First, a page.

GANDIA, SPAIN — Dulcesol Group has turned the global health trend into a corporate initiative. Although it removed trans fats as far back as 2010, the company spent more than $3.5 million (€3 million) during the past three years to enhance the nutritional content of its products. The goal? The company wanted to transform its image from primarily a line of conventional sweet goods to a brand more synonymous with an overall balanced diet.
Out of this research came the Innova line of more healthful sweet goods that are high in fiber and low in fat and sugar. Many of the snacks contain the chlorella strain of micro-algae that is rich in natural pigments such as chlorophyll and beta carotene with antioxidant properties. Chlorella also contains a high level of vegetable protein, omega-3 fatty acids and vitamins A, B, C and E.
The algae-enriched items include mini sweet loaf breads; chocolate Valencianas; and pumpkin, orange and pear-and-yogurt snacks. The Innova line also offers reformulated magdalenas, brioche and croissants with lower fat, salt or sugar than conventional ones. Dulcesol Group owns a chlorella production plant in Villalonga, where the algae are grown in a natural, G.M.O.-free way.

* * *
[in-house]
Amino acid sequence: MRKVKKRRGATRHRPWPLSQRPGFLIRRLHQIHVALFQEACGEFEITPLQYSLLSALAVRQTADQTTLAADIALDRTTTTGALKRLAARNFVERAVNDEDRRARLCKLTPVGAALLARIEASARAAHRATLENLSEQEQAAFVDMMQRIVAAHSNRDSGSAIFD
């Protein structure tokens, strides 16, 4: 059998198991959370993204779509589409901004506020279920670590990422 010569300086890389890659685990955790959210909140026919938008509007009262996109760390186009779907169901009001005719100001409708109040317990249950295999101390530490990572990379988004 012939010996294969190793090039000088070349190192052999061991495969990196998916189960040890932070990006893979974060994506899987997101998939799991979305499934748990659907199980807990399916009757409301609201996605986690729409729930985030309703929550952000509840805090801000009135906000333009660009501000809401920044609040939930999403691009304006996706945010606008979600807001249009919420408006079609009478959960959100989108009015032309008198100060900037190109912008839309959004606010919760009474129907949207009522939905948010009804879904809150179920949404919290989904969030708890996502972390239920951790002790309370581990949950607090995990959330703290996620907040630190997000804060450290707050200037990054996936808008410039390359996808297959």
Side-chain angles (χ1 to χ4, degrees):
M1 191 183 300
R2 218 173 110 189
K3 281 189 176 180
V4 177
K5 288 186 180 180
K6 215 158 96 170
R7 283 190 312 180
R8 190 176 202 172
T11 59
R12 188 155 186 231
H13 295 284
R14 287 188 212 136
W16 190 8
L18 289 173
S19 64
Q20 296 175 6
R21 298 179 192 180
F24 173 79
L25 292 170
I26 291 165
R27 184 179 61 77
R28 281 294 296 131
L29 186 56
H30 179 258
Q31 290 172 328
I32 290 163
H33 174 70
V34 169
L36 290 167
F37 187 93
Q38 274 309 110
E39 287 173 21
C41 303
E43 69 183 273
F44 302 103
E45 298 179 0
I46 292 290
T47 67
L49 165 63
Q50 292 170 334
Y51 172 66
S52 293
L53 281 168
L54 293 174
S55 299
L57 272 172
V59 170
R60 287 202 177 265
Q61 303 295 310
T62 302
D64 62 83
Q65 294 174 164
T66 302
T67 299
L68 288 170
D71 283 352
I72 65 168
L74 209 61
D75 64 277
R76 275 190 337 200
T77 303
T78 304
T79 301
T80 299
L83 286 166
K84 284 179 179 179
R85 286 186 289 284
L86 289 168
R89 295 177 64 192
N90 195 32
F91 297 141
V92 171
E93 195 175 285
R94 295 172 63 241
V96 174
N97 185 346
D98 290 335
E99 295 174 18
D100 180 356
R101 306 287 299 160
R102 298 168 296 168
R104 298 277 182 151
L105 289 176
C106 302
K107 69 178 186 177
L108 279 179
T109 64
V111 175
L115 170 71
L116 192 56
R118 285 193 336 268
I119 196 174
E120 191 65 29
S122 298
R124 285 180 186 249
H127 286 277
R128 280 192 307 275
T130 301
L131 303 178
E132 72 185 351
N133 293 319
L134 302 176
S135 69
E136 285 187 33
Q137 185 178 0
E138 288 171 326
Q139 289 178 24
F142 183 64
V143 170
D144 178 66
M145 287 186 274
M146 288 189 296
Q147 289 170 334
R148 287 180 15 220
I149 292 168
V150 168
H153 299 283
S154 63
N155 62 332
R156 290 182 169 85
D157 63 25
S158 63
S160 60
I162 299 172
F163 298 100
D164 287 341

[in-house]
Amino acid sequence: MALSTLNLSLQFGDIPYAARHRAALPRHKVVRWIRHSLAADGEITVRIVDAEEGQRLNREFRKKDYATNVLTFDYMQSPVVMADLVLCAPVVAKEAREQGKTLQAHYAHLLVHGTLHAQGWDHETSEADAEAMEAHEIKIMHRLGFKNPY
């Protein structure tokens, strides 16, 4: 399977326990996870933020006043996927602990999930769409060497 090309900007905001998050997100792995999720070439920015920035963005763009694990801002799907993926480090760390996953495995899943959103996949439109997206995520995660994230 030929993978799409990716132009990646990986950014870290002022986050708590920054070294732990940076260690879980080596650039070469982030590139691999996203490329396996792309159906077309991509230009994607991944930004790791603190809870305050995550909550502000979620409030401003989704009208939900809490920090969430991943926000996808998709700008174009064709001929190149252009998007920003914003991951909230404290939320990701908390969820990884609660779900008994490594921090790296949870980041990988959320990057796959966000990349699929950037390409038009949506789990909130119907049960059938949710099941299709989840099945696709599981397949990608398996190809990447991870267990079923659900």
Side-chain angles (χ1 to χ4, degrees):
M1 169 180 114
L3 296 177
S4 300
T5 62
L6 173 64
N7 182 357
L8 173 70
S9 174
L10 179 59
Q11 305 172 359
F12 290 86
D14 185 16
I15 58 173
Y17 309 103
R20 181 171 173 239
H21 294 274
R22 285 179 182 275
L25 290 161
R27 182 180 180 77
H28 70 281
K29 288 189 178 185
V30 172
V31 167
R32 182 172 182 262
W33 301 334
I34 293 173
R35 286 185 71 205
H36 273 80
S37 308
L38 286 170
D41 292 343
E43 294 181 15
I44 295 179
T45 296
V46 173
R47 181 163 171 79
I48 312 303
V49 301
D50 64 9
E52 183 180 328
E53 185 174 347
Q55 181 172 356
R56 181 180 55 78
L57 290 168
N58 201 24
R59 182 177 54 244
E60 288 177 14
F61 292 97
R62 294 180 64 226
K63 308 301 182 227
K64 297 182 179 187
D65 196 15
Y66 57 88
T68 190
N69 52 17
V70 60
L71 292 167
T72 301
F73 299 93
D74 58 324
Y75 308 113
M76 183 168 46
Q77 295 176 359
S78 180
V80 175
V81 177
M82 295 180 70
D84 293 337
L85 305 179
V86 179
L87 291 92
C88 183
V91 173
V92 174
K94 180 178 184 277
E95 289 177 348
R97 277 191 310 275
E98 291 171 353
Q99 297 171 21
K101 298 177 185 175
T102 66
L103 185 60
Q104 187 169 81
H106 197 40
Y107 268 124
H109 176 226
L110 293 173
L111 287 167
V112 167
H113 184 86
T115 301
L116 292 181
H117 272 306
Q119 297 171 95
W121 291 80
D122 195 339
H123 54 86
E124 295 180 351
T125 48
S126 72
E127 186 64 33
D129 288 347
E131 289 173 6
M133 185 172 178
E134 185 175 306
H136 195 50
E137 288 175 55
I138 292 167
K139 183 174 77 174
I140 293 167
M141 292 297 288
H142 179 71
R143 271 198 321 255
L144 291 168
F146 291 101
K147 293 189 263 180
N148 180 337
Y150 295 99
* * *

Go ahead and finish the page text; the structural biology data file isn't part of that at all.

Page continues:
“Consumers want better-quality products that are more nutritious, so I see us developing this line for years to come,” noted Rafael Juan, chief executive officer.
The company also rolled out its Dulcesol Black collection of classic French macarons, which come in such flavors as chocolate, coffee, melon, raspberry, lemon and orange that is touted as “the sweet taste of the sun.” The black-packaged line reflects the ultra-premium quality of the products, which include individually wrapped tiramisu, cheesecakes, lemon squares and American-inspired red velvet cakes.